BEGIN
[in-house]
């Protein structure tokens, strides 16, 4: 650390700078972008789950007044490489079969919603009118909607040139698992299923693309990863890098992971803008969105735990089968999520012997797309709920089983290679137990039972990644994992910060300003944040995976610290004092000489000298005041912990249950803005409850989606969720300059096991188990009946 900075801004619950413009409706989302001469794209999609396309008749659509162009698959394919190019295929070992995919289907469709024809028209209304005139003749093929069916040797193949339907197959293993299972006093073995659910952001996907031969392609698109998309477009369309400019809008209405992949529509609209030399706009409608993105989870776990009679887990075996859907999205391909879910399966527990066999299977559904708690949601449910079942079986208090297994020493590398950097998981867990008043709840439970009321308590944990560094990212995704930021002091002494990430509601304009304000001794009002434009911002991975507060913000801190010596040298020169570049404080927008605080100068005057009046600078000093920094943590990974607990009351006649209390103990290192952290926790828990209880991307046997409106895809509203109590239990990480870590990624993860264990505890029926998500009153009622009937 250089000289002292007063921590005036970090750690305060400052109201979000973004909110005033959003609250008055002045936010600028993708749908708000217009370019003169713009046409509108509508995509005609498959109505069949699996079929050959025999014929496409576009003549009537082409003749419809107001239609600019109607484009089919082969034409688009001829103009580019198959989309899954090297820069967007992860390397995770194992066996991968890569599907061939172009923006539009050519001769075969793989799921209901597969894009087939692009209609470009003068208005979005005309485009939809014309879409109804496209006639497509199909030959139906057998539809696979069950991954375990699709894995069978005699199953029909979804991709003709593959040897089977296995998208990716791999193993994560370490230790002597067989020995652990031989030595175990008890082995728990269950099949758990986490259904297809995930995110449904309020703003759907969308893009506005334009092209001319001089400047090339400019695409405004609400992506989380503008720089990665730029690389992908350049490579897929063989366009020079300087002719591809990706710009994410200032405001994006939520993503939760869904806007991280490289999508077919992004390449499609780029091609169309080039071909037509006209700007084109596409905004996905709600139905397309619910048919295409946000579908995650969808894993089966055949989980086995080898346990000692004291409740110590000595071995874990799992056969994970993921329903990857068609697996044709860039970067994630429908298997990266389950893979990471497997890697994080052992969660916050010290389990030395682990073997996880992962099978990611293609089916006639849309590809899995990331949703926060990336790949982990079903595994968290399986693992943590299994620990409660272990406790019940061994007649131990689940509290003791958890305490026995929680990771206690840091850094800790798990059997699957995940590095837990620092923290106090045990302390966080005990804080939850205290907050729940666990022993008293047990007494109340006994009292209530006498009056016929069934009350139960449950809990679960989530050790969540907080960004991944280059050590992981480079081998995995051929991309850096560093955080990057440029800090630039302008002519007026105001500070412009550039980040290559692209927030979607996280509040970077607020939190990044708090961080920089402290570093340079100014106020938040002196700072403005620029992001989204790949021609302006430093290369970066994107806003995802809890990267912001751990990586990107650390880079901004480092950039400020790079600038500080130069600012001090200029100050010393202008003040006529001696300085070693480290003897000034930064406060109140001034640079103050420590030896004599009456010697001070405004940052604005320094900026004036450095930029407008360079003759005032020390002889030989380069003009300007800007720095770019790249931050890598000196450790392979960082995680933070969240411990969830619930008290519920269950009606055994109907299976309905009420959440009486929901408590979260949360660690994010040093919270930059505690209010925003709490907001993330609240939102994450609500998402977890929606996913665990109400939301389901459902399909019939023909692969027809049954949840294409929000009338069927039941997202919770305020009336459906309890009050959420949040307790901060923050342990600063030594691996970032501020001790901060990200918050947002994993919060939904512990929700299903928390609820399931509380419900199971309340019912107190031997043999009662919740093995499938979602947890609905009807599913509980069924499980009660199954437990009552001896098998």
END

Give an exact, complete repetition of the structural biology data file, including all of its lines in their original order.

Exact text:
[in-house]
């Protein structure tokens, strides 16, 4: 650390700078972008789950007044490489079969919603009118909607040139698992299923693309990863890098992971803008969105735990089968999520012997797309709920089983290679137990039972990644994992910060300003944040995976610290004092000489000298005041912990249950803005409850989606969720300059096991188990009946 900075801004619950413009409706989302001469794209999609396309008749659509162009698959394919190019295929070992995919289907469709024809028209209304005139003749093929069916040797193949339907197959293993299972006093073995659910952001996907031969392609698109998309477009369309400019809008209405992949529509609209030399706009409608993105989870776990009679887990075996859907999205391909879910399966527990066999299977559904708690949601449910079942079986208090297994020493590398950097998981867990008043709840439970009321308590944990560094990212995704930021002091002494990430509601304009304000001794009002434009911002991975507060913000801190010596040298020169570049404080927008605080100068005057009046600078000093920094943590990974607990009351006649209390103990290192952290926790828990209880991307046997409106895809509203109590239990990480870590990624993860264990505890029926998500009153009622009937 250089000289002292007063921590005036970090750690305060400052109201979000973004909110005033959003609250008055002045936010600028993708749908708000217009370019003169713009046409509108509508995509005609498959109505069949699996079929050959025999014929496409576009003549009537082409003749419809107001239609600019109607484009089919082969034409688009001829103009580019198959989309899954090297820069967007992860390397995770194992066996991968890569599907061939172009923006539009050519001769075969793989799921209901597969894009087939692009209609470009003068208005979005005309485009939809014309879409109804496209006639497509199909030959139906057998539809696979069950991954375990699709894995069978005699199953029909979804991709003709593959040897089977296995998208990716791999193993994560370490230790002597067989020995652990031989030595175990008890082995728990269950099949758990986490259904297809995930995110449904309020703003759907969308893009506005334009092209001319001089400047090339400019695409405004609400992506989380503008720089990665730029690389992908350049490579897929063989366009020079300087002719591809990706710009994410200032405001994006939520993503939760869904806007991280490289999508077919992004390449499609780029091609169309080039071909037509006209700007084109596409905004996905709600139905397309619910048919295409946000579908995650969808894993089966055949989980086995080898346990000692004291409740110590000595071995874990799992056969994970993921329903990857068609697996044709860039970067994630429908298997990266389950893979990471497997890697994080052992969660916050010290389990030395682990073997996880992962099978990611293609089916006639849309590809899995990331949703926060990336790949982990079903595994968290399986693992943590299994620990409660272990406790019940061994007649131990689940509290003791958890305490026995929680990771206690840091850094800790798990059997699957995940590095837990620092923290106090045990302390966080005990804080939850205290907050729940666990022993008293047990007494109340006994009292209530006498009056016929069934009350139960449950809990679960989530050790969540907080960004991944280059050590992981480079081998995995051929991309850096560093955080990057440029800090630039302008002519007026105001500070412009550039980040290559692209927030979607996280509040970077607020939190990044708090961080920089402290570093340079100014106020938040002196700072403005620029992001989204790949021609302006430093290369970066994107806003995802809890990267912001751990990586990107650390880079901004480092950039400020790079600038500080130069600012001090200029100050010393202008003040006529001696300085070693480290003897000034930064406060109140001034640079103050420590030896004599009456010697001070405004940052604005320094900026004036450095930029407008360079003759005032020390002889030989380069003009300007800007720095770019790249931050890598000196450790392979960082995680933070969240411990969830619930008290519920269950009606055994109907299976309905009420959440009486929901408590979260949360660690994010040093919270930059505690209010925003709490907001993330609240939102994450609500998402977890929606996913665990109400939301389901459902399909019939023909692969027809049954949840294409929000009338069927039941997202919770305020009336459906309890009050959420949040307790901060923050342990600063030594691996970032501020001790901060990200918050947002994993919060939904512990929700299903928390609820399931509380419900199971309340019912107190031997043999009662919740093995499938979602947890609905009807599913509980069924499980009660199954437990009552001896098998």